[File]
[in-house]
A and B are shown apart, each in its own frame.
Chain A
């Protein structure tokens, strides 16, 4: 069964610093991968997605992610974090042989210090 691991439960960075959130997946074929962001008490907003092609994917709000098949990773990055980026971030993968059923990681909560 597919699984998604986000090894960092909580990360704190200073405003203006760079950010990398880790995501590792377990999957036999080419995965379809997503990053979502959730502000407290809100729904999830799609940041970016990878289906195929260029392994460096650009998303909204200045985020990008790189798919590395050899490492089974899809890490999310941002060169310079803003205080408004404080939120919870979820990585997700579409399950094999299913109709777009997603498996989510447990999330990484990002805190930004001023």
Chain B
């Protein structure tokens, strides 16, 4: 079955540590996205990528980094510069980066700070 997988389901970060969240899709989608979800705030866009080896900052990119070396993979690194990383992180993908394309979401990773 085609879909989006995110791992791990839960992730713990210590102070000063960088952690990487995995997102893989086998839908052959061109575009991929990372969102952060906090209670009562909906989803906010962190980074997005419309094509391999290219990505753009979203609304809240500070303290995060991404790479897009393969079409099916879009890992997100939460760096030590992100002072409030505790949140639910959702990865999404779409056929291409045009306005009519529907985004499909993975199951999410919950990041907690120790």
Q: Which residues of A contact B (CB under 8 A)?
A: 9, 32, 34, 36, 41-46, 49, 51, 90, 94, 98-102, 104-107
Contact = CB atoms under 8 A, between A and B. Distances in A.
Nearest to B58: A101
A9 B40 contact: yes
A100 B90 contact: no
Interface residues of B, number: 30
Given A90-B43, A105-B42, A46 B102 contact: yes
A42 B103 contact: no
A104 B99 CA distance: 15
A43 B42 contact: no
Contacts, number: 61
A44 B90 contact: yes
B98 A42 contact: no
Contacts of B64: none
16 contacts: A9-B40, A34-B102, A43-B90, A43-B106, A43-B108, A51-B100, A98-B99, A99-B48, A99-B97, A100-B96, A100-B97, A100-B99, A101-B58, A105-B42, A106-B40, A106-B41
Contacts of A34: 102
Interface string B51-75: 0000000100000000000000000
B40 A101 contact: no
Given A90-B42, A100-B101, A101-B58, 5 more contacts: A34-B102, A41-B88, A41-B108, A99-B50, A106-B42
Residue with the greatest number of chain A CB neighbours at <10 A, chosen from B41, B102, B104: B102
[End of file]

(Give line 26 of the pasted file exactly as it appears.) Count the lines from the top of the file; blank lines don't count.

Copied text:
Given A90-B42, A100-B101, A101-B58, 5 more contacts: A34-B102, A41-B88, A41-B108, A99-B50, A106-B42